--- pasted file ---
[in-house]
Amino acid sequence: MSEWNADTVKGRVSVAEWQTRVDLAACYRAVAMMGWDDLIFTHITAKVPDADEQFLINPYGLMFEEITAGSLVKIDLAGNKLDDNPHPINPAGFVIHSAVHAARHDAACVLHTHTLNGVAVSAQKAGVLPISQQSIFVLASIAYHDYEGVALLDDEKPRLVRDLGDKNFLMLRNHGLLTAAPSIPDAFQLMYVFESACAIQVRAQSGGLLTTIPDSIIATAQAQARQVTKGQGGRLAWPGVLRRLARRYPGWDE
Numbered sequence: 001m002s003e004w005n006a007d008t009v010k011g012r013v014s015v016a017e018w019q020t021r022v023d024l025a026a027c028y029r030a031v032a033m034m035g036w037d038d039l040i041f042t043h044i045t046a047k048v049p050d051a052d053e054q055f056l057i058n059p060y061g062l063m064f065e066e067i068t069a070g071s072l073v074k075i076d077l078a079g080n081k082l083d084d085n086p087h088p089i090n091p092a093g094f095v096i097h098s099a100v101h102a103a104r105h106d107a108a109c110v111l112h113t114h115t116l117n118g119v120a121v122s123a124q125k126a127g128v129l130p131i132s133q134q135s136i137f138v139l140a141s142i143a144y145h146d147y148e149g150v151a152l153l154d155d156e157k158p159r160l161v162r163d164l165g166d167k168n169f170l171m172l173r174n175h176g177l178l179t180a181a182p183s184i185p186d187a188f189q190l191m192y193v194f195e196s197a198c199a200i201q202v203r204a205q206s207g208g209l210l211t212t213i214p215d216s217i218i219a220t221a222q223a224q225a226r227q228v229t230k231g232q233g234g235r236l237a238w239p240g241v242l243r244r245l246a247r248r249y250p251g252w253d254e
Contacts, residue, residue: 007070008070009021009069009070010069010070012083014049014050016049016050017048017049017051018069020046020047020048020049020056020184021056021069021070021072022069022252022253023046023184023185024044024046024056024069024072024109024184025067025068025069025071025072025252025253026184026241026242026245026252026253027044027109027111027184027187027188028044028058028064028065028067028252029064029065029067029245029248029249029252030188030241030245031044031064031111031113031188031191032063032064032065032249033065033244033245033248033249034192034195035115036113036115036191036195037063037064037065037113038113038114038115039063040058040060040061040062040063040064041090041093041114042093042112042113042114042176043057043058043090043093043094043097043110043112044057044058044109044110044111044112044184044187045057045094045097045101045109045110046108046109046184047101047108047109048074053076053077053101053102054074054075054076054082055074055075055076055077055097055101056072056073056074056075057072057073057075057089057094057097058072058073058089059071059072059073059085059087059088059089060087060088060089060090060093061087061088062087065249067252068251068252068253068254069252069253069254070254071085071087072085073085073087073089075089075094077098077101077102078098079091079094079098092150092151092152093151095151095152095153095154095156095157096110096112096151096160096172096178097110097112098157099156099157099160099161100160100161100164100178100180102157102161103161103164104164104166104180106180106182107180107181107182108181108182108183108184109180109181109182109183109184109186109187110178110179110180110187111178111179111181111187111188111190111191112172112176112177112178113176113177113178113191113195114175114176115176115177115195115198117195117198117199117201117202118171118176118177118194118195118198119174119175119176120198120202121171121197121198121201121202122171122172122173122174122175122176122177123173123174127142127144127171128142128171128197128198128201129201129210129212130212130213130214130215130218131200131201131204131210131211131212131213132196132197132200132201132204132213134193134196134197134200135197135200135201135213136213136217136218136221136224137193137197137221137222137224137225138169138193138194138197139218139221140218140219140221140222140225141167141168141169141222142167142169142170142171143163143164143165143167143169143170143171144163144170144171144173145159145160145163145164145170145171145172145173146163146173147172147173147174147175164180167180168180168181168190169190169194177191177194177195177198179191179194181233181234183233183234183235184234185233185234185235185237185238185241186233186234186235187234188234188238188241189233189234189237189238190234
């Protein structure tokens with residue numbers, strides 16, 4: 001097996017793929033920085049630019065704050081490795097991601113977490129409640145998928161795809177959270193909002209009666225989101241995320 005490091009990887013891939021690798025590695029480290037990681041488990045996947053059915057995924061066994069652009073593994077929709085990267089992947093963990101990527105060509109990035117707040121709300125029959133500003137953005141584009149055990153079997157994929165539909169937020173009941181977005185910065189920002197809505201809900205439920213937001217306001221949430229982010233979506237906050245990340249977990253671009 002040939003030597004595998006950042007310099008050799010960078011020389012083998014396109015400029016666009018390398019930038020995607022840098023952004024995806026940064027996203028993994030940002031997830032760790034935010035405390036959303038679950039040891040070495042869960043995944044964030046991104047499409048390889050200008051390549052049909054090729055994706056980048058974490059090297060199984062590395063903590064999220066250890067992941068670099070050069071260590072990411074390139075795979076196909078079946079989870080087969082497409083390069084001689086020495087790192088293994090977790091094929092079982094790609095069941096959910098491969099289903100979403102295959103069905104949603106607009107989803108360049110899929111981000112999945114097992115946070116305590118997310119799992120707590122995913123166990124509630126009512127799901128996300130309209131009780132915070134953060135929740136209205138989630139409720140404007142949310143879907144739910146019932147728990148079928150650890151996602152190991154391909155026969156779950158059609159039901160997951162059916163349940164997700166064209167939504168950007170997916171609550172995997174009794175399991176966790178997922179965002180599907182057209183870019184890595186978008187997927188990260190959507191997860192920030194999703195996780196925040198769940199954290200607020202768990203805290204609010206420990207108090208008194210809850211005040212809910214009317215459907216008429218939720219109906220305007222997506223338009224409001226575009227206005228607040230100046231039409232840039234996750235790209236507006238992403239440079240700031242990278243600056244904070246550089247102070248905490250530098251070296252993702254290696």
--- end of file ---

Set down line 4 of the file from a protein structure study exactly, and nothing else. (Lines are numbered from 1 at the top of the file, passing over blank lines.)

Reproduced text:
Contacts, residue, residue: 007070008070009021009069009070010069010070012083014049014050016049016050017048017049017051018069020046020047020048020049020056020184021056021069021070021072022069022252022253023046023184023185024044024046024056024069024072024109024184025067025068025069025071025072025252025253026184026241026242026245026252026253027044027109027111027184027187027188028044028058028064028065028067028252029064029065029067029245029248029249029252030188030241030245031044031064031111031113031188031191032063032064032065032249033065033244033245033248033249034192034195035115036113036115036191036195037063037064037065037113038113038114038115039063040058040060040061040062040063040064041090041093041114042093042112042113042114042176043057043058043090043093043094043097043110043112044057044058044109044110044111044112044184044187045057045094045097045101045109045110046108046109046184047101047108047109048074053076053077053101053102054074054075054076054082055074055075055076055077055097055101056072056073056074056075057072057073057075057089057094057097058072058073058089059071059072059073059085059087059088059089060087060088060089060090060093061087061088062087065249067252068251068252068253068254069252069253069254070254071085071087072085073085073087073089075089075094077098077101077102078098079091079094079098092150092151092152093151095151095152095153095154095156095157096110096112096151096160096172096178097110097112098157099156099157099160099161100160100161100164100178100180102157102161103161103164104164104166104180106180106182107180107181107182108181108182108183108184109180109181109182109183109184109186109187110178110179110180110187111178111179111181111187111188111190111191112172112176112177112178113176113177113178113191113195114175114176115176115177115195115198117195117198117199117201117202118171118176118177118194118195118198119174119175119176120198120202121171121197121198121201121202122171122172122173122174122175122176122177123173123174127142127144127171128142128171128197128198128201129201129210129212130212130213130214130215130218131200131201131204131210131211131212131213132196132197132200132201132204132213134193134196134197134200135197135200135201135213136213136217136218136221136224137193137197137221137222137224137225138169138193138194138197139218139221140218140219140221140222140225141167141168141169141222142167142169142170142171143163143164143165143167143169143170143171144163144170144171144173145159145160145163145164145170145171145172145173146163146173147172147173147174147175164180167180168180168181168190169190169194177191177194177195177198179191179194181233181234183233183234183235184234185233185234185235185237185238185241186233186234186235187234188234188238188241189233189234189237189238190234